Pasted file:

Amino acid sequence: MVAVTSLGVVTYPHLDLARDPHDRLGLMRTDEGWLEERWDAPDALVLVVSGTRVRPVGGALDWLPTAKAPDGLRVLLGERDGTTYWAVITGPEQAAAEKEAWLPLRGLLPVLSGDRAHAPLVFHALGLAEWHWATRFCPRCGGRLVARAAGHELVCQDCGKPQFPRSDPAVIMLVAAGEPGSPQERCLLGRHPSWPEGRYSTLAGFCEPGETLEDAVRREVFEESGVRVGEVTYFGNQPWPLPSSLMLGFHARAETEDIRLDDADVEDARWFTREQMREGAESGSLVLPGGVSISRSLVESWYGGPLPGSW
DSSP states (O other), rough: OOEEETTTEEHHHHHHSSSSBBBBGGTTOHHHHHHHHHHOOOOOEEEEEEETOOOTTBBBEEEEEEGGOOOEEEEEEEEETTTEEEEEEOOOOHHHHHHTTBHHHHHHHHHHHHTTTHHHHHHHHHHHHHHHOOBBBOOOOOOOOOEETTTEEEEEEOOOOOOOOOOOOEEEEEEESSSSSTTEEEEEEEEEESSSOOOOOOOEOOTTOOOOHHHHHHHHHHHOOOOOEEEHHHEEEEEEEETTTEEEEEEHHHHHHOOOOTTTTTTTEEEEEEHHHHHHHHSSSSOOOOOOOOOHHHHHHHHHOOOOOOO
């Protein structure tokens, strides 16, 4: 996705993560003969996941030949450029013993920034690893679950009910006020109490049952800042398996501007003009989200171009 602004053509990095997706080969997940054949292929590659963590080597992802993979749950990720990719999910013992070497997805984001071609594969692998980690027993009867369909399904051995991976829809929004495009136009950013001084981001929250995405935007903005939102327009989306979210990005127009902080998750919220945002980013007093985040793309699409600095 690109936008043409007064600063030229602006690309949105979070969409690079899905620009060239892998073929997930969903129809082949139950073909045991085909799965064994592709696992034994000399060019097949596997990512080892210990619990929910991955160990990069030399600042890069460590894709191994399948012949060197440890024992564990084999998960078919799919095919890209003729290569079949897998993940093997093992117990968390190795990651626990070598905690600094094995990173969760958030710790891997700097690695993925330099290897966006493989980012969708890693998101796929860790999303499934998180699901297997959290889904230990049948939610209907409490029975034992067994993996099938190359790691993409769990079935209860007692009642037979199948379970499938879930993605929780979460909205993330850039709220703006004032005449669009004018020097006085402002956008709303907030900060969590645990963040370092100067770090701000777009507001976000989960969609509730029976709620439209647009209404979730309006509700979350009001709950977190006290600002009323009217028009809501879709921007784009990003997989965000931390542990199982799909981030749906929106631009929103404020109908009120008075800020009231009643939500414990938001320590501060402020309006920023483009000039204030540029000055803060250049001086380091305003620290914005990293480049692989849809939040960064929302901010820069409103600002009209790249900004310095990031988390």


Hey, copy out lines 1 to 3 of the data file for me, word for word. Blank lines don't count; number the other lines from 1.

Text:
Amino acid sequence: MVAVTSLGVVTYPHLDLARDPHDRLGLMRTDEGWLEERWDAPDALVLVVSGTRVRPVGGALDWLPTAKAPDGLRVLLGERDGTTYWAVITGPEQAAAEKEAWLPLRGLLPVLSGDRAHAPLVFHALGLAEWHWATRFCPRCGGRLVARAAGHELVCQDCGKPQFPRSDPAVIMLVAAGEPGSPQERCLLGRHPSWPEGRYSTLAGFCEPGETLEDAVRREVFEESGVRVGEVTYFGNQPWPLPSSLMLGFHARAETEDIRLDDADVEDARWFTREQMREGAESGSLVLPGGVSISRSLVESWYGGPLPGSW
DSSP states (O other), rough: OOEEETTTEEHHHHHHSSSSBBBBGGTTOHHHHHHHHHHOOOOOEEEEEEETOOOTTBBBEEEEEEGGOOOEEEEEEEEETTTEEEEEEOOOOHHHHHHTTBHHHHHHHHHHHHTTTHHHHHHHHHHHHHHHOOBBBOOOOOOOOOEETTTEEEEEEOOOOOOOOOOOOEEEEEEESSSSSTTEEEEEEEEEESSSOOOOOOOEOOTTOOOOHHHHHHHHHHHOOOOOEEEHHHEEEEEEEETTTEEEEEEHHHHHHOOOOTTTTTTTEEEEEEHHHHHHHHSSSSOOOOOOOOOHHHHHHHHHOOOOOOO
């Protein structure tokens, strides 16, 4: 996705993560003969996941030949450029013993920034690893679950009910006020109490049952800042398996501007003009989200171009 602004053509990095997706080969997940054949292929590659963590080597992802993979749950990720990719999910013992070497997805984001071609594969692998980690027993009867369909399904051995991976829809929004495009136009950013001084981001929250995405935007903005939102327009989306979210990005127009902080998750919220945002980013007093985040793309699409600095 690109936008043409007064600063030229602006690309949105979070969409690079899905620009060239892998073929997930969903129809082949139950073909045991085909799965064994592709696992034994000399060019097949596997990512080892210990619990929910991955160990990069030399600042890069460590894709191994399948012949060197440890024992564990084999998960078919799919095919890209003729290569079949897998993940093997093992117990968390190795990651626990070598905690600094094995990173969760958030710790891997700097690695993925330099290897966006493989980012969708890693998101796929860790999303499934998180699901297997959290889904230990049948939610209907409490029975034992067994993996099938190359790691993409769990079935209860007692009642037979199948379970499938879930993605929780979460909205993330850039709220703006004032005449669009004018020097006085402002956008709303907030900060969590645990963040370092100067770090701000777009507001976000989960969609509730029976709620439209647009209404979730309006509700979350009001709950977190006290600002009323009217028009809501879709921007784009990003997989965000931390542990199982799909981030749906929106631009929103404020109908009120008075800020009231009643939500414990938001320590501060402020309006920023483009000039204030540029000055803060250049001086380091305003620290914005990293480049692989849809939040960064929302901010820069409103600002009209790249900004310095990031988390």